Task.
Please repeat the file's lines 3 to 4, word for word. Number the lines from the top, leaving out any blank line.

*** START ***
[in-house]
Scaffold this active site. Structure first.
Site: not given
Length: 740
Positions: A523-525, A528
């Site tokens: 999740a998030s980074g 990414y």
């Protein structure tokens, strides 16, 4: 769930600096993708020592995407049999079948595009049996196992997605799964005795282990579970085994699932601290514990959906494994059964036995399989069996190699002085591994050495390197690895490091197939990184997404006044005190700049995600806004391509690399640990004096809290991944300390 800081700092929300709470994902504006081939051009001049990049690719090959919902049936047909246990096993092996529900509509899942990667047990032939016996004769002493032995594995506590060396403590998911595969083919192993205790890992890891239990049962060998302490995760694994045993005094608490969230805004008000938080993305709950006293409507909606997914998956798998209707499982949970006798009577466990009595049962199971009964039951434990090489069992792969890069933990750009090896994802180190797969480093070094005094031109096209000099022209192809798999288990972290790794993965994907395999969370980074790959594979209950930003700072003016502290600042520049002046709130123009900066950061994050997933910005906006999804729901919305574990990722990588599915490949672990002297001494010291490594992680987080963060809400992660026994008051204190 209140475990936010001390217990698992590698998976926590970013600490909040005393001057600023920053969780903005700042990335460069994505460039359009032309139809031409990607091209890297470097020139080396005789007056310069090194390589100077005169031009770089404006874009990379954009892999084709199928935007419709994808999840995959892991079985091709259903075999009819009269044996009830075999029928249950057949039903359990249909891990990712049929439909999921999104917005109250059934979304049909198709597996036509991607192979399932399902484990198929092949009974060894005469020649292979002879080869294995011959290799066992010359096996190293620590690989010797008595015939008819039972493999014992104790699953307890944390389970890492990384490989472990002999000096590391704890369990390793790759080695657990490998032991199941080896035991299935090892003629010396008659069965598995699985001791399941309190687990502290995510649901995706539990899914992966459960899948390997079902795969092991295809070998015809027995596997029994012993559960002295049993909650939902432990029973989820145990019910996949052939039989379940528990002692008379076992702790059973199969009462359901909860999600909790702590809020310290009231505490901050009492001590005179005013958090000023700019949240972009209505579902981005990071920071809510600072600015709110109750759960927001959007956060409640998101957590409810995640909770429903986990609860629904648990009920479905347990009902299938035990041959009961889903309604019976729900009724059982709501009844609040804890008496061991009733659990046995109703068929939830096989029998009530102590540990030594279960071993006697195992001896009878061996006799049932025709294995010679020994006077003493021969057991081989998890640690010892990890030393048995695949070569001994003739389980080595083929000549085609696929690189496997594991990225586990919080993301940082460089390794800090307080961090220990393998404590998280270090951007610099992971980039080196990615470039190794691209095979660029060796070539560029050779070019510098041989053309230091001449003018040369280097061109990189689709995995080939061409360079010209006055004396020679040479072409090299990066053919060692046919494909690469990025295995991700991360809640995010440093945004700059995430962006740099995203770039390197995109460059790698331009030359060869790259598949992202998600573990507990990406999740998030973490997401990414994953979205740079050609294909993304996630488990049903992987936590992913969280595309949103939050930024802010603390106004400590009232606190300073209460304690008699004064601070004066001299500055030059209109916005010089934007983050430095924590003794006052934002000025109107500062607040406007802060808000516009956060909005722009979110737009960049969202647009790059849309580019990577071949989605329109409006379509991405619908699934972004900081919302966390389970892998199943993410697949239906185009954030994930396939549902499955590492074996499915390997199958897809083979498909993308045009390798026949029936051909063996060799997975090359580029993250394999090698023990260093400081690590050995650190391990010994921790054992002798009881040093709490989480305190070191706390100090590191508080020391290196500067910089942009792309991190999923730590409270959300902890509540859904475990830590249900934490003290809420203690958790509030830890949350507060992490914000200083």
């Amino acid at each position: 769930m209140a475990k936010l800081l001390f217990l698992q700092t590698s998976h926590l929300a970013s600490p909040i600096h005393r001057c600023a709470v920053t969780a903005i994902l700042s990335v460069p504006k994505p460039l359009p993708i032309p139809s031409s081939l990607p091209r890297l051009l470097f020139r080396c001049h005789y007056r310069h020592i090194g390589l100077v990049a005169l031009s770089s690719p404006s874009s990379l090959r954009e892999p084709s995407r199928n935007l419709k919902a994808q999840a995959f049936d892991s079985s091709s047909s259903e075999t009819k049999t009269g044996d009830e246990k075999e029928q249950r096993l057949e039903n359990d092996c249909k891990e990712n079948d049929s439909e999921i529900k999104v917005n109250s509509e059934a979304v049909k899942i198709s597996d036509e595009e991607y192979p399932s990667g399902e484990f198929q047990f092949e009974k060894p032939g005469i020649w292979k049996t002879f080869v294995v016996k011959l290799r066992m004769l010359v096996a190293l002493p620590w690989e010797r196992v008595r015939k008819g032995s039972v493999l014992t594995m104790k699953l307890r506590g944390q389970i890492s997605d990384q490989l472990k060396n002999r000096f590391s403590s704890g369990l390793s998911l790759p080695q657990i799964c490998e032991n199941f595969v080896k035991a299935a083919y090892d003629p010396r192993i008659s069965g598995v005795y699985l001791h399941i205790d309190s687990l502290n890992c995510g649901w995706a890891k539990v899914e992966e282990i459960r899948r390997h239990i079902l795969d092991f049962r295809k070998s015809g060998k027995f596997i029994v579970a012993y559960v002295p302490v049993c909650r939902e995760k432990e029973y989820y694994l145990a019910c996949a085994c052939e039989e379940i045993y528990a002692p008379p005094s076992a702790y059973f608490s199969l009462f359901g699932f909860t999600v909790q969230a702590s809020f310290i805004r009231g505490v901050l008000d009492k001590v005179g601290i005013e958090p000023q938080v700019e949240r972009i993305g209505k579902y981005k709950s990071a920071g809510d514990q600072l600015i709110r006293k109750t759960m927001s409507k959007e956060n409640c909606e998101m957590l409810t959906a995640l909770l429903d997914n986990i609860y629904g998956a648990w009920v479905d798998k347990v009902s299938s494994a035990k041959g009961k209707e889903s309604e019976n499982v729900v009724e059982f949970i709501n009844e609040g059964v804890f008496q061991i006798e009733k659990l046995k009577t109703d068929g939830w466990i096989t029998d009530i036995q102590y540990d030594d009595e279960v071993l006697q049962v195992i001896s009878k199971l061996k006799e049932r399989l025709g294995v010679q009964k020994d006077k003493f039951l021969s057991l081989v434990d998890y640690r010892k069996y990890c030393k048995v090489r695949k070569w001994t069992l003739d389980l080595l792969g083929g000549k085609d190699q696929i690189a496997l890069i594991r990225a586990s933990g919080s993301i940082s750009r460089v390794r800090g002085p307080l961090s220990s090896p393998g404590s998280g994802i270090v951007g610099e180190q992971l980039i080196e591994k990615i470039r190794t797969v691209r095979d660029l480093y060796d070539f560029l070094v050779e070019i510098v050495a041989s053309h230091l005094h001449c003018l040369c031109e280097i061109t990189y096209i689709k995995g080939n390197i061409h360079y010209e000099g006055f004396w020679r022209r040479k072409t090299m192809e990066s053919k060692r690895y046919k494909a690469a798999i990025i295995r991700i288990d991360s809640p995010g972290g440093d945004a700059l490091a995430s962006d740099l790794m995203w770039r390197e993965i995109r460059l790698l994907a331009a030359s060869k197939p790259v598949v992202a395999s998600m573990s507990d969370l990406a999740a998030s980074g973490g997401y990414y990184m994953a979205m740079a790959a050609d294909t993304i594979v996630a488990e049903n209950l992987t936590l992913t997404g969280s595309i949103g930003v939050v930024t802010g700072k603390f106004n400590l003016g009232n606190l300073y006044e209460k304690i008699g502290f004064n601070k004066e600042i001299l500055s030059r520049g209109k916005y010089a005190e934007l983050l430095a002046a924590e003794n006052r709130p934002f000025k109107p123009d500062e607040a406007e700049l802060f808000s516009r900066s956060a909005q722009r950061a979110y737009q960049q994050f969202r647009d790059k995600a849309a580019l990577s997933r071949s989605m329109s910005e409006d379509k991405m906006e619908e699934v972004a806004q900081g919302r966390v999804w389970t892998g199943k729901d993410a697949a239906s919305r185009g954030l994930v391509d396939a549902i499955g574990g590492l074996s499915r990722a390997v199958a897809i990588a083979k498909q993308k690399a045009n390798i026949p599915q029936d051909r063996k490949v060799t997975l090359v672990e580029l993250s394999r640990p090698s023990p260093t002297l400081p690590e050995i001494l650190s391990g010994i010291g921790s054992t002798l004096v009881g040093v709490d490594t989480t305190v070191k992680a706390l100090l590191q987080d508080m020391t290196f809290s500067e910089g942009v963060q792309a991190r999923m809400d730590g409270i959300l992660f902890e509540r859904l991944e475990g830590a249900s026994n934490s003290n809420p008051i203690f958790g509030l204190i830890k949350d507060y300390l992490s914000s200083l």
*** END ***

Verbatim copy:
Site: not given
Length: 740